As defined under the Americans with Disabilities Act (ADA), the term “discriminate” includes an employer’s failure to make reasonable accommodations to the limitations of a disabled employee. Reasonable accommodation may include reassignment to a vacant position within the company. The 10th U.S. Circuit court of Appeals recently held that a disabled employee could not support her failure-to-accommodate claim under the ADA, because she did not present evidence of any specific vacant positions to which she could have been transferred. Iverson v. City of Shawnee, Kansas, 10th Cir., No. 08-3264, June 17, 2009.
Michelle Iverson, a police officer with the City of Shawnee, Kansas, suffered a back injury while on duty in 2005. After undergoing surgery for her condition, Iverson was unable to pass a re-qualification test to return to her position as a police officer. She then requested accommodation in the form of a transfer to an open assignment with the City as a detective or non-officer, but was told that there were no jobs available. Iverson filed suit, claiming that she “could have performed numerous positions within the [City] with or without reasonable accommodation.” However, she did not specifically identify any position for which she believed herself to be qualified. Based on that failure, the lower court entered summary judgment in favor of the City. That decision was upheld on appeal to the Tenth Circuit.
For an employee to establish a prima facie case in a failure-to-accommodate claim, the employee must show that she is disabled, that accommodation within the existing job cannot reasonably be accomplished, that she has asked for reassignment to a vacant position, that she is qualified (with or without reasonable accommodation) to perform one or more vacant jobs, and that she has suffered injury because the employer did not offer reassignment to any appropriate vacant position. The Tenth Circuit held that these criteria assume that the burden is on the employee to specifically identify the vacant position or positions for which she believes herself to be qualified. Without such information, the employee cannot subsequently claim that the company’s failure to engage in the interactive process has caused an injury because there is no actual evidence that the interactive process would have likely produced a reasonable accommodation.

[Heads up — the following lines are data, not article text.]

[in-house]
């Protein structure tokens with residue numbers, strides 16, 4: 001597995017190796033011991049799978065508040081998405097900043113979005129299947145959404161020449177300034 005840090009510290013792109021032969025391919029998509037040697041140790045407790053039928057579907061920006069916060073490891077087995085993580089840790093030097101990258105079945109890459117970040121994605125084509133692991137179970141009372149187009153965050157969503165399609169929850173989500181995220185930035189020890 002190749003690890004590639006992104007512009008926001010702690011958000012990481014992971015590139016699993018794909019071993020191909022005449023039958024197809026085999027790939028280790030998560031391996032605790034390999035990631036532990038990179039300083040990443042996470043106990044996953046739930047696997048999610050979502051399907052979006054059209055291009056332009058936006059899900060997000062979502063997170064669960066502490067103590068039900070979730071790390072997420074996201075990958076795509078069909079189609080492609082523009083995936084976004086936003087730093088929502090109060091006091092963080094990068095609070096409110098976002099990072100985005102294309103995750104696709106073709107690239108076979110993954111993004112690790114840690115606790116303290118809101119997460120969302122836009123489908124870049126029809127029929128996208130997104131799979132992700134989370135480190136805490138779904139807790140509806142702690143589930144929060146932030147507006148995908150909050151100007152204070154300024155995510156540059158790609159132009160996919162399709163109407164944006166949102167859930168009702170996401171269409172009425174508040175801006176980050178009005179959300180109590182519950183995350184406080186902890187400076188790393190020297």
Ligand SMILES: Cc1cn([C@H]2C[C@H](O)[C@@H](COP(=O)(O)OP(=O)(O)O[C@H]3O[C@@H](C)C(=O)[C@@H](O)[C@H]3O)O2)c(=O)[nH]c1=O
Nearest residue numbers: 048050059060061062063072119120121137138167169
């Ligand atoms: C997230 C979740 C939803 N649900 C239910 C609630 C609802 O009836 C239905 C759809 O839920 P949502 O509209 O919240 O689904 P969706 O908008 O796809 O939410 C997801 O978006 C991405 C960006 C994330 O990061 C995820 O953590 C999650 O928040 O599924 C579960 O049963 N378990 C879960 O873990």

In Iverson’s case, she alleged generally that she “could have performed numerous positions within the [City] with or without accommodation,” and, in fact, argued that she could have performed positions as “detective, records technician, police dispatcher, and clerical or administrative positions within the City.” However, she failed to identify any specific position as available at the time that she was requesting reassignment. That failure led the Court to hold in favor of the City.
While this decision is limited to the Tenth Circuit, the court’s rationale is clear: an employee alleging that her employer failed adequately participate in the ADA’s interactive process will lose on summary judgment if she fails to show that a reasonable accommodation was possible, and that the process would have led to such accommodation. This case does not create an excuse for employers’ non-participation in a search for reasonable accommodation of a disability. However, it does point out at least instance in which the employee’s failure to provide sufficient input into the process can keep a case from going forward to a jury.